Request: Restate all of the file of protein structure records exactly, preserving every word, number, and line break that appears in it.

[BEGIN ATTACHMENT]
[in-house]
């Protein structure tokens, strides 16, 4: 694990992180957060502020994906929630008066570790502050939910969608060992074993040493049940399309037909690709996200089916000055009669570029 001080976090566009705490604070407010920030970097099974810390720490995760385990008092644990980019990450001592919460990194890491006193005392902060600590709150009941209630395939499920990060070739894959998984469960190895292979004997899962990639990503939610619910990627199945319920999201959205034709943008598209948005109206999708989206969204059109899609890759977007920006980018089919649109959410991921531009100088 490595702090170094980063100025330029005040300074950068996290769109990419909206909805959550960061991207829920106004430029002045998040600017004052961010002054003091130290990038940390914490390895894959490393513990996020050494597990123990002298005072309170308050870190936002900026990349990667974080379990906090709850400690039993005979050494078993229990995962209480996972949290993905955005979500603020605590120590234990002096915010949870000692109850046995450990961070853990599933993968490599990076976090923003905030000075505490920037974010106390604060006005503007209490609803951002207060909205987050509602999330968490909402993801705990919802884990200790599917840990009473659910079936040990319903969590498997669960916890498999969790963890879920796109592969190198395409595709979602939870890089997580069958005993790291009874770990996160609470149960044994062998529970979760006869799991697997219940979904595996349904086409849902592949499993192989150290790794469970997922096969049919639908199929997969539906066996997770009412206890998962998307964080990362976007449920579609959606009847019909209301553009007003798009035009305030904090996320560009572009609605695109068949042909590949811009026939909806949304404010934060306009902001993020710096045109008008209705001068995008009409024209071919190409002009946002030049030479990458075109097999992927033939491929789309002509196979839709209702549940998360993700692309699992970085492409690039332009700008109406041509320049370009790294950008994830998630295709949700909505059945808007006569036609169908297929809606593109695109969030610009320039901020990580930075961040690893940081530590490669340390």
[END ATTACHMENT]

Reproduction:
[in-house]
């Protein structure tokens, strides 16, 4: 694990992180957060502020994906929630008066570790502050939910969608060992074993040493049940399309037909690709996200089916000055009669570029 001080976090566009705490604070407010920030970097099974810390720490995760385990008092644990980019990450001592919460990194890491006193005392902060600590709150009941209630395939499920990060070739894959998984469960190895292979004997899962990639990503939610619910990627199945319920999201959205034709943008598209948005109206999708989206969204059109899609890759977007920006980018089919649109959410991921531009100088 490595702090170094980063100025330029005040300074950068996290769109990419909206909805959550960061991207829920106004430029002045998040600017004052961010002054003091130290990038940390914490390895894959490393513990996020050494597990123990002298005072309170308050870190936002900026990349990667974080379990906090709850400690039993005979050494078993229990995962209480996972949290993905955005979500603020605590120590234990002096915010949870000692109850046995450990961070853990599933993968490599990076976090923003905030000075505490920037974010106390604060006005503007209490609803951002207060909205987050509602999330968490909402993801705990919802884990200790599917840990009473659910079936040990319903969590498997669960916890498999969790963890879920796109592969190198395409595709979602939870890089997580069958005993790291009874770990996160609470149960044994062998529970979760006869799991697997219940979904595996349904086409849902592949499993192989150290790794469970997922096969049919639908199929997969539906066996997770009412206890998962998307964080990362976007449920579609959606009847019909209301553009007003798009035009305030904090996320560009572009609605695109068949042909590949811009026939909806949304404010934060306009902001993020710096045109008008209705001068995008009409024209071919190409002009946002030049030479990458075109097999992927033939491929789309002509196979839709209702549940998360993700692309699992970085492409690039332009700008109406041509320049370009790294950008994830998630295709949700909505059945808007006569036609169908297929809606593109695109969030610009320039901020990580930075961040690893940081530590490669340390």